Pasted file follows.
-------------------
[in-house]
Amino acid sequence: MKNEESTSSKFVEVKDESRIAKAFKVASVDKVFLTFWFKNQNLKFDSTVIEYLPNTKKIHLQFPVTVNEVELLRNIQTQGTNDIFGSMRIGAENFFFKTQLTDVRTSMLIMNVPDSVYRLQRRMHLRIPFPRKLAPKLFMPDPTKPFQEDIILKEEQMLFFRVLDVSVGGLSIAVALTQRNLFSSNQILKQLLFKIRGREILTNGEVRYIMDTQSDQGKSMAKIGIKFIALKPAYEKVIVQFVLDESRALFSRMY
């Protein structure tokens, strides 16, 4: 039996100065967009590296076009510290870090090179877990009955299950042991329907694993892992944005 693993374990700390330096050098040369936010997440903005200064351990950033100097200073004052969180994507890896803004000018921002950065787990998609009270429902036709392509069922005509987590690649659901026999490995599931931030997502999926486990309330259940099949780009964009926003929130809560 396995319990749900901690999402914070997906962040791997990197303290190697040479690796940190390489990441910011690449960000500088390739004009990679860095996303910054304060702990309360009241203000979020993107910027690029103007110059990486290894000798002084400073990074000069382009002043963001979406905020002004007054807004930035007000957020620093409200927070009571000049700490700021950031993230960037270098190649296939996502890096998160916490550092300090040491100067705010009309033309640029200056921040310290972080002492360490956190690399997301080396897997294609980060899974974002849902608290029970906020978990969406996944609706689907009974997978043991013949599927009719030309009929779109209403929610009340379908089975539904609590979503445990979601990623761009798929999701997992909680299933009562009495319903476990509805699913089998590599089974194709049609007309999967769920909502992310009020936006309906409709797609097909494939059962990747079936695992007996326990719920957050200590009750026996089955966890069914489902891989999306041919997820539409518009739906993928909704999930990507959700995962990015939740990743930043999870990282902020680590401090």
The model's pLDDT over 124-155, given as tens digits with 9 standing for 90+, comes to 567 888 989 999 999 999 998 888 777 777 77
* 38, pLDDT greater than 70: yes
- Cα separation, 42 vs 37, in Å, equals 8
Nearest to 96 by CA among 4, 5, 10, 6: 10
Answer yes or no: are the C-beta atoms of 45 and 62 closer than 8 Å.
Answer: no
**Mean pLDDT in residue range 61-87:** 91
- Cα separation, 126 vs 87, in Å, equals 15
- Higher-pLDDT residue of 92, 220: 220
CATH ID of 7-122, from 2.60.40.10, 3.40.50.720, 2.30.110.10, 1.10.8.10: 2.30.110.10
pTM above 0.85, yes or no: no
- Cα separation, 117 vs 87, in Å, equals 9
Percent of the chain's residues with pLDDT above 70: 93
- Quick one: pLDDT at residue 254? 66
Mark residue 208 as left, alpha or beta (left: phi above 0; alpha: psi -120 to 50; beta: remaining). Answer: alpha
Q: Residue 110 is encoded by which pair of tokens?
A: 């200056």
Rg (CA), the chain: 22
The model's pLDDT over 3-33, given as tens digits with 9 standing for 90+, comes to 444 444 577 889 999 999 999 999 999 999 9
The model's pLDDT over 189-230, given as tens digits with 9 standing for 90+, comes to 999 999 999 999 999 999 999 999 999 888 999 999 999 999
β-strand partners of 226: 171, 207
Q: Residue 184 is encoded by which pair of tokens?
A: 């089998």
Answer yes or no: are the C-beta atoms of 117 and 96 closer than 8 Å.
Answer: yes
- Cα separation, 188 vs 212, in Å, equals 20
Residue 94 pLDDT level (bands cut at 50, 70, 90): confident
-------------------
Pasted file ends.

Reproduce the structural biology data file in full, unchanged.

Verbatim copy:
[in-house]
Amino acid sequence: MKNEESTSSKFVEVKDESRIAKAFKVASVDKVFLTFWFKNQNLKFDSTVIEYLPNTKKIHLQFPVTVNEVELLRNIQTQGTNDIFGSMRIGAENFFFKTQLTDVRTSMLIMNVPDSVYRLQRRMHLRIPFPRKLAPKLFMPDPTKPFQEDIILKEEQMLFFRVLDVSVGGLSIAVALTQRNLFSSNQILKQLLFKIRGREILTNGEVRYIMDTQSDQGKSMAKIGIKFIALKPAYEKVIVQFVLDESRALFSRMY
């Protein structure tokens, strides 16, 4: 039996100065967009590296076009510290870090090179877990009955299950042991329907694993892992944005 693993374990700390330096050098040369936010997440903005200064351990950033100097200073004052969180994507890896803004000018921002950065787990998609009270429902036709392509069922005509987590690649659901026999490995599931931030997502999926486990309330259940099949780009964009926003929130809560 396995319990749900901690999402914070997906962040791997990197303290190697040479690796940190390489990441910011690449960000500088390739004009990679860095996303910054304060702990309360009241203000979020993107910027690029103007110059990486290894000798002084400073990074000069382009002043963001979406905020002004007054807004930035007000957020620093409200927070009571000049700490700021950031993230960037270098190649296939996502890096998160916490550092300090040491100067705010009309033309640029200056921040310290972080002492360490956190690399997301080396897997294609980060899974974002849902608290029970906020978990969406996944609706689907009974997978043991013949599927009719030309009929779109209403929610009340379908089975539904609590979503445990979601990623761009798929999701997992909680299933009562009495319903476990509805699913089998590599089974194709049609007309999967769920909502992310009020936006309906409709797609097909494939059962990747079936695992007996326990719920957050200590009750026996089955966890069914489902891989999306041919997820539409518009739906993928909704999930990507959700995962990015939740990743930043999870990282902020680590401090």
The model's pLDDT over 124-155, given as tens digits with 9 standing for 90+, comes to 567 888 989 999 999 999 998 888 777 777 77
* 38, pLDDT greater than 70: yes
- Cα separation, 42 vs 37, in Å, equals 8
Nearest to 96 by CA among 4, 5, 10, 6: 10
Answer yes or no: are the C-beta atoms of 45 and 62 closer than 8 Å.
Answer: no
**Mean pLDDT in residue range 61-87:** 91
- Cα separation, 126 vs 87, in Å, equals 15
- Higher-pLDDT residue of 92, 220: 220
CATH ID of 7-122, from 2.60.40.10, 3.40.50.720, 2.30.110.10, 1.10.8.10: 2.30.110.10
pTM above 0.85, yes or no: no
- Cα separation, 117 vs 87, in Å, equals 9
Percent of the chain's residues with pLDDT above 70: 93
- Quick one: pLDDT at residue 254? 66
Mark residue 208 as left, alpha or beta (left: phi above 0; alpha: psi -120 to 50; beta: remaining). Answer: alpha
Q: Residue 110 is encoded by which pair of tokens?
A: 């200056």
Rg (CA), the chain: 22
The model's pLDDT over 3-33, given as tens digits with 9 standing for 90+, comes to 444 444 577 889 999 999 999 999 999 999 9
The model's pLDDT over 189-230, given as tens digits with 9 standing for 90+, comes to 999 999 999 999 999 999 999 999 999 888 999 999 999 999
β-strand partners of 226: 171, 207
Q: Residue 184 is encoded by which pair of tokens?
A: 């089998």
Answer yes or no: are the C-beta atoms of 117 and 96 closer than 8 Å.
Answer: yes
- Cα separation, 188 vs 212, in Å, equals 20
Residue 94 pLDDT level (bands cut at 50, 70, 90): confident